The Government’s plan to award a 65-year concession to turn Valletta’s iconic Evans building into a five-star luxury hotel has been derailed as one of the bidding consortia associated with the world-acclaimed Nobu hotels has filed an official objection over the “irregular” and “highly suspicious” handling of the process by the Office of the Prime Minister.
Paying the €50,000 down payment required for an objection, the Iconic Hotel Malta – Nobu consortium objected to the government’s announcement last month, ranking Valletta Luxury Projects in first place, despite it submitting a faulty financial offer.
The objecting consortium, fronted by seasoned entrepreneur Michael Bianchi, asked the Public Contracts Review Board (PCRB) to annul the whole process and also disqualify two bidders due to gross irregularities allowed to take place by the OPM’s selected adjudication board, headed by criminologist Saviour Formosa.
According to lawyers from Fenech Farrugia Fiott and Adrian Delia, the OPM’s preferred bidder, composed of the Decesare family of the Eden Leisure Group and Mark Weingard of Iniala Hotel, submitted their offer wrongly and should have been disqualified.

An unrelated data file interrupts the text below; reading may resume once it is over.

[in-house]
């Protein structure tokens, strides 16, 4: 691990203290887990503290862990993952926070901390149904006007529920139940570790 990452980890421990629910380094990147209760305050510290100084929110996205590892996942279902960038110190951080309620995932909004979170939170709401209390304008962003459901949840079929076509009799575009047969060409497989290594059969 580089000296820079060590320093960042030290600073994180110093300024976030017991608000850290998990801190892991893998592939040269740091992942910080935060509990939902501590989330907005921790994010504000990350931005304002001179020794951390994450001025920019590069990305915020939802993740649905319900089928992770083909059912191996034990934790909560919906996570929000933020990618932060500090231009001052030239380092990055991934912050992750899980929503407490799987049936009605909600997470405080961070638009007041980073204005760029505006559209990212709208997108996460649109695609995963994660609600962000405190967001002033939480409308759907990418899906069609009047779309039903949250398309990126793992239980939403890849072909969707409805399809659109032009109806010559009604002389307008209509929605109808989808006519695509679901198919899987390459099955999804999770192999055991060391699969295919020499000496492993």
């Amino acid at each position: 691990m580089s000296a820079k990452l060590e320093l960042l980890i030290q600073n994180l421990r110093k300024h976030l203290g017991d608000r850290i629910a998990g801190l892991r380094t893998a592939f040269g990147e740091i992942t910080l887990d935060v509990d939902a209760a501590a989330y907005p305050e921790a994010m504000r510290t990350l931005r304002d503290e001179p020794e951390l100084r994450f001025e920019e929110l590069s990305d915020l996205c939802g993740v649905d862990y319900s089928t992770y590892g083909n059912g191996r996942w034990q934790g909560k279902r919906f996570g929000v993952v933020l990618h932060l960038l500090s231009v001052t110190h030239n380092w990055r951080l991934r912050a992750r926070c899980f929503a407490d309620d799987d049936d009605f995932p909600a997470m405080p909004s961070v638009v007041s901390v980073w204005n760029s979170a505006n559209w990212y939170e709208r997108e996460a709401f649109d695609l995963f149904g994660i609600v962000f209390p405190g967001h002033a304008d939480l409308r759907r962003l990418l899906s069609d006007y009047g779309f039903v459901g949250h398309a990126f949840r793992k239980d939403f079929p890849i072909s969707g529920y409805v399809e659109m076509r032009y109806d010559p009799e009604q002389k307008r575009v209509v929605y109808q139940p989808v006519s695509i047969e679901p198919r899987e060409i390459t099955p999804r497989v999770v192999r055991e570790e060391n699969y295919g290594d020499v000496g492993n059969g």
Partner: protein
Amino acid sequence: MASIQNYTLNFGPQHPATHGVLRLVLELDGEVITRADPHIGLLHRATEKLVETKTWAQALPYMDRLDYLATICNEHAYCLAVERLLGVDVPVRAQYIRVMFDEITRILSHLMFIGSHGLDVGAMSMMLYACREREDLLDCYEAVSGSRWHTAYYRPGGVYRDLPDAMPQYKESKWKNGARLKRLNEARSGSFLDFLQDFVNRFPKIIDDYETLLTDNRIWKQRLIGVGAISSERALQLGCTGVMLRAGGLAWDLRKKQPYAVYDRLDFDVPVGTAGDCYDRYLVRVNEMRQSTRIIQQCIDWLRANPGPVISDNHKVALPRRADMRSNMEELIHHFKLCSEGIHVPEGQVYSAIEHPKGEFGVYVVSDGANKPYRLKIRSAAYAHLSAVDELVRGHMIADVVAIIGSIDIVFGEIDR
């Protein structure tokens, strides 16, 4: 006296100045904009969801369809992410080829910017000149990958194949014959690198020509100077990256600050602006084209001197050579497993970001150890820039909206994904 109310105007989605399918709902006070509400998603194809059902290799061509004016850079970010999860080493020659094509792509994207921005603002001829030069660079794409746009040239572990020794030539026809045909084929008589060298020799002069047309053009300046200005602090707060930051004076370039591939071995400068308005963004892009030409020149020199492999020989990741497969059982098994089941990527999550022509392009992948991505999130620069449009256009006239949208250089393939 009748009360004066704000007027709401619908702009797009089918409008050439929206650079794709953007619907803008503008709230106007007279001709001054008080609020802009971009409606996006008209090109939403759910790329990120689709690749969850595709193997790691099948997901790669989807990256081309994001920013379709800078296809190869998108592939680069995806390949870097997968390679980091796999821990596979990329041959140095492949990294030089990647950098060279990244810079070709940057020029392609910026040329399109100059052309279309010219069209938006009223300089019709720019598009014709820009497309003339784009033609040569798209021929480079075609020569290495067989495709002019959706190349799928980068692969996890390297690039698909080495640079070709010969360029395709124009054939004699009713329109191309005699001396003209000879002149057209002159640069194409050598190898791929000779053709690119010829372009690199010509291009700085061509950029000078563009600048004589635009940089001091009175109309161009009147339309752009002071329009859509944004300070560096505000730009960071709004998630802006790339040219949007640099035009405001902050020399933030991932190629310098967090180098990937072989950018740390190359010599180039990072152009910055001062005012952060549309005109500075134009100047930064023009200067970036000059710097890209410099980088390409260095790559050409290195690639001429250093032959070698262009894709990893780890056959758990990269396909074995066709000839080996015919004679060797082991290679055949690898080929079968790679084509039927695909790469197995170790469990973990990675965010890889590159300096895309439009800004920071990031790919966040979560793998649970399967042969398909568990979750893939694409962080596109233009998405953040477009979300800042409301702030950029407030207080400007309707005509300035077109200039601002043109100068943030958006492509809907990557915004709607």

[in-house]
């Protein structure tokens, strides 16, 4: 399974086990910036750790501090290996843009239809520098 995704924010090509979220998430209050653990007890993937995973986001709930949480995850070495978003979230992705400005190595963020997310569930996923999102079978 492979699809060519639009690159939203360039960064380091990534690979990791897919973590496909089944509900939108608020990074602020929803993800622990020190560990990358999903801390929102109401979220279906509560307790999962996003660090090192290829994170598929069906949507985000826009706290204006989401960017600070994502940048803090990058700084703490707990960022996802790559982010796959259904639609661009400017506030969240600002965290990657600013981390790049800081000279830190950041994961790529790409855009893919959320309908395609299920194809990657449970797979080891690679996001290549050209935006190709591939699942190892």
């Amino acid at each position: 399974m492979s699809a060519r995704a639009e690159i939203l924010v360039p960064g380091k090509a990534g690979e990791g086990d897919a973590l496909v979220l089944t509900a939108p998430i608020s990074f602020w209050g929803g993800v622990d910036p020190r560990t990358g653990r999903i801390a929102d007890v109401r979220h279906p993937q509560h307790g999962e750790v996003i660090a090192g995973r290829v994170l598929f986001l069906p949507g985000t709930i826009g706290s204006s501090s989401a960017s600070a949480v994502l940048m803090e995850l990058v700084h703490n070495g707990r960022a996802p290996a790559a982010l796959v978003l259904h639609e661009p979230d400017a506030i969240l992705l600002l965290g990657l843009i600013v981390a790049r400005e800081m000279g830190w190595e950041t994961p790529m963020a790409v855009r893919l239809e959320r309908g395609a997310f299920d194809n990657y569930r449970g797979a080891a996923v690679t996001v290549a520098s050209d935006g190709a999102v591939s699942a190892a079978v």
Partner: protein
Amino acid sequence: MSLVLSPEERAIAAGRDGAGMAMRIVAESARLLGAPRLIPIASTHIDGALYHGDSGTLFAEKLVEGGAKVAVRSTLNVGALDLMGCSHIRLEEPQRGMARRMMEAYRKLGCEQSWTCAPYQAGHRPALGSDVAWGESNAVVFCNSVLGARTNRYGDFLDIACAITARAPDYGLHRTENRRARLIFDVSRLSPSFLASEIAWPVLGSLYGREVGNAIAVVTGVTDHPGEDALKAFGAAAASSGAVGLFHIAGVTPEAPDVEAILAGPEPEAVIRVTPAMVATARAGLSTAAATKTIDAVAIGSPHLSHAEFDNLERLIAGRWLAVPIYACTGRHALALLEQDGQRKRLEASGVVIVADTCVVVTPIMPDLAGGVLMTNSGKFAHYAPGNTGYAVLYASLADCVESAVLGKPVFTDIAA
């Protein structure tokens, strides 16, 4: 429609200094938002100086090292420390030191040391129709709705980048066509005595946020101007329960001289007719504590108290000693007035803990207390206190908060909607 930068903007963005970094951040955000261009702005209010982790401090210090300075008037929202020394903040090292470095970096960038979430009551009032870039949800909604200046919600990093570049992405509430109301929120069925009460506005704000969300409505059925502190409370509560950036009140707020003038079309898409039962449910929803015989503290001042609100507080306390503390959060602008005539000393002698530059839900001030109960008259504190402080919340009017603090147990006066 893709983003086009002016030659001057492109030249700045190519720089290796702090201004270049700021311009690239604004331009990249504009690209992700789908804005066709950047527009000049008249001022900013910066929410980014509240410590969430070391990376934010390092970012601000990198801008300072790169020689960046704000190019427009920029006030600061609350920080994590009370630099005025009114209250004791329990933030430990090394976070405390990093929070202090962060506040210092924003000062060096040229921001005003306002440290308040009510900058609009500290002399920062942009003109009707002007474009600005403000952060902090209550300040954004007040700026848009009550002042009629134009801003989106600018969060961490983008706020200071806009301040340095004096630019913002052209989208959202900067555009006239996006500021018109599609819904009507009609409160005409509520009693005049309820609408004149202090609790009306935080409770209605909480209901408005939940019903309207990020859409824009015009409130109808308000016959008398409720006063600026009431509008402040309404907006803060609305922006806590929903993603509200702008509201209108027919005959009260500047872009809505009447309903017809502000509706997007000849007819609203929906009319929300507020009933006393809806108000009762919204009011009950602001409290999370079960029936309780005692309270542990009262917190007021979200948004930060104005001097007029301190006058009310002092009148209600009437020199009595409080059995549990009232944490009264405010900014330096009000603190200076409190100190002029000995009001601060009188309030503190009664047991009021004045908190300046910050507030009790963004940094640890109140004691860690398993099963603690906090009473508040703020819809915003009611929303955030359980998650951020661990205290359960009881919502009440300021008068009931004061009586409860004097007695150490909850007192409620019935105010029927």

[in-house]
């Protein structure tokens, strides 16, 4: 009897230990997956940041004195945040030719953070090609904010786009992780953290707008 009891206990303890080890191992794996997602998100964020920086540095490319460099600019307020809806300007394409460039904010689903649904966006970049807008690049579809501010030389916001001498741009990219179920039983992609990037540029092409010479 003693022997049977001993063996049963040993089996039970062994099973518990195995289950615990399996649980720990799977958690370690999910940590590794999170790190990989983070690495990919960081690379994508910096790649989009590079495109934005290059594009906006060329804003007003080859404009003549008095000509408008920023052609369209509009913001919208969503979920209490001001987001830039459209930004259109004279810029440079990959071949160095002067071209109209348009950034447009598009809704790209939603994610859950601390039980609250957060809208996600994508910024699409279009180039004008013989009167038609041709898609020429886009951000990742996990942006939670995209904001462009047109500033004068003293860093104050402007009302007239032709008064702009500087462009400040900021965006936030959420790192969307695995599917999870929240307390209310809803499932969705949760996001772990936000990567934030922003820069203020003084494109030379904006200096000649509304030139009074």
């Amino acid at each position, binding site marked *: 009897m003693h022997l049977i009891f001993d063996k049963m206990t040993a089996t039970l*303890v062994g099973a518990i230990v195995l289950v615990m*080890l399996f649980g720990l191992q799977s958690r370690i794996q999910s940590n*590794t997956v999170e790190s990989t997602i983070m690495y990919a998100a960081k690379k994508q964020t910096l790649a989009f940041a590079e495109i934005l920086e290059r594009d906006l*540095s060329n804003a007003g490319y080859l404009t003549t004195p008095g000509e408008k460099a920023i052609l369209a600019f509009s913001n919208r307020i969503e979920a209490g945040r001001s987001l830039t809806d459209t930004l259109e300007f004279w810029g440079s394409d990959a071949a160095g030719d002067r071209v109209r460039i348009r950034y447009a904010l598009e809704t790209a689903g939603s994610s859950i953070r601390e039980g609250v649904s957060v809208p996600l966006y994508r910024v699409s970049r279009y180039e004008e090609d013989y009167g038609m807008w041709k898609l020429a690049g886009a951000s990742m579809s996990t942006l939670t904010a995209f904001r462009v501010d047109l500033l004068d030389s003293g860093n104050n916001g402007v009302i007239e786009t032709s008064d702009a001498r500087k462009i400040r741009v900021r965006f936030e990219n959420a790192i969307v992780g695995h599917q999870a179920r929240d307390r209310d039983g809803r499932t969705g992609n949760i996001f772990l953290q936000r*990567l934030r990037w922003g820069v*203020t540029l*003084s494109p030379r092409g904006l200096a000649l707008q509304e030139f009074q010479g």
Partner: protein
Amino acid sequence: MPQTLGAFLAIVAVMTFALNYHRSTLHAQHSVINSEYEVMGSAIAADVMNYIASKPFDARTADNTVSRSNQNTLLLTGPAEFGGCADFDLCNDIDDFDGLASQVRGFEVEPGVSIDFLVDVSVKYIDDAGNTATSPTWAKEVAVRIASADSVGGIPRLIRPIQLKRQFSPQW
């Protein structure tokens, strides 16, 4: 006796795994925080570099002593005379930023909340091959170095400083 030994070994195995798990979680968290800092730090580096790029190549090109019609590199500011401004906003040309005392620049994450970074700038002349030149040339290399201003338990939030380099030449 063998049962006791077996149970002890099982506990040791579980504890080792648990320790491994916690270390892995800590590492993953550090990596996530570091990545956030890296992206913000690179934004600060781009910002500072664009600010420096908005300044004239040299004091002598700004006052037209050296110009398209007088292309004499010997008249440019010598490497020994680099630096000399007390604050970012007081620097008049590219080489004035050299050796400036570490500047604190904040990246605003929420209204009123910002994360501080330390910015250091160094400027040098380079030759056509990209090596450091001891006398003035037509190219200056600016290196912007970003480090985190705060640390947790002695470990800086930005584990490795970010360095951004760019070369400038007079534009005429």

The objector argued that unlike the irregular interpretation “gratuitously made” by the adjudicating committee, the Decesare/Weingard bid was published in the appropriate channels as being a global offer of €1.2 million and not €1.2 million every year.
Additionally, no corrections were made following the bidding process, and the other bidders were not informed of any changes, as is required by law.
Thus, according to the objector, the OPM awarded the bid wrongfully and unlawfully.
Iconic Hotel Malta – Nobu also asked for the disqualification of the bid by Katari Hospitality due to gross irregularities.
Referring to the “inexplicable extensions” to the closing date of the tender’s submissions, it was established that during these extensions, Katari Hospitality “changed its financial statements by filing last-minute amendments consisting in major adjustments to its financial entries, enabling it to turn its non-compliant” financial bid into an acceptable one.
The objector charged that this points towards “suspicions of collusion”, procedural irregularities, and “a vitiated process” for which the OPM’s adjudication committee is responsible.
Katari Hospitality is owned by Paul Attard from GAP, also the Malta Developers Association’s secretary general. He has been in the news over the past years due to his proximity to the prime minister and the takeover of public land.
The objector’s lawyers also gave two other reasons for the PCRB to annul the whole process, including the wrongful decision to disqualify it from the process due to a wrong financial calculation by the selection committee and the “not sufficiently motivated” score given “subjectively” to the bidders by the evaluation committee.
The Public Contracts Review Board is now expected to take months to decide. The latter will also be subject to a final challenge in front of the Courts of Appeal.